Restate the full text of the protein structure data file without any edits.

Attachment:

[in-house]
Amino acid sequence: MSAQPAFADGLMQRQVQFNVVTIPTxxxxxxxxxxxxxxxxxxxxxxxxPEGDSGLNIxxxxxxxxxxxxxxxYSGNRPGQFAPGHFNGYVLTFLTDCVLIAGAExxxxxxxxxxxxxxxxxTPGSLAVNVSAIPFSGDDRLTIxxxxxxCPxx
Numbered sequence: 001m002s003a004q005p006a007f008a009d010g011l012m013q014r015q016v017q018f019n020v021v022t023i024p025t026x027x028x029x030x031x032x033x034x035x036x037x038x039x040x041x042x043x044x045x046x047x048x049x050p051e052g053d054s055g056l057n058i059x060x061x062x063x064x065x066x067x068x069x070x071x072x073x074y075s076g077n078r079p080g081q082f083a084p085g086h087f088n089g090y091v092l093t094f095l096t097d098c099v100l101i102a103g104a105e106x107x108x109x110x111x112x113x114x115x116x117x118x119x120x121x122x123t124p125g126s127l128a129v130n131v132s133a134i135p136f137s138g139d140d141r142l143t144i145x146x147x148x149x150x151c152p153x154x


[in-house]
Amino acid sequence: MSAQPAFADGLMQRQVQFNVVTIPTxxxxxxxxxxxxxxxxxxxxxxxxPEGDSGLNIxxxxxxxxxxxxxxxYSGNRPGQFAPGHFNGYVLTFLTDCVLIAGAExxxxxxxxxxxxxxxxxTPGSLAVNVSAIPFSGDDRLTIxxxxxxCPxx
Numbered sequence: 001m002s003a004q005p006a007f008a009d010g011l012m013q014r015q016v017q018f019n020v021v022t023i024p025t026x027x028x029x030x031x032x033x034x035x036x037x038x039x040x041x042x043x044x045x046x047x048x049x050p051e052g053d054s055g056l057n058i059x060x061x062x063x064x065x066x067x068x069x070x071x072x073x074y075s076g077n078r079p080g081q082f083a084p085g086h087f088n089g090y091v092l093t094f095l096t097d098c099v100l101i102a103g104a105e106x107x108x109x110x111x112x113x114x115x116x117x118x119x120x121x122x123t124p125g126s127l128a129v130n131v132s133a134i135p136f137s138g139d140d141r142l143t144i145x146x147x148x149x150x151c152p153x154x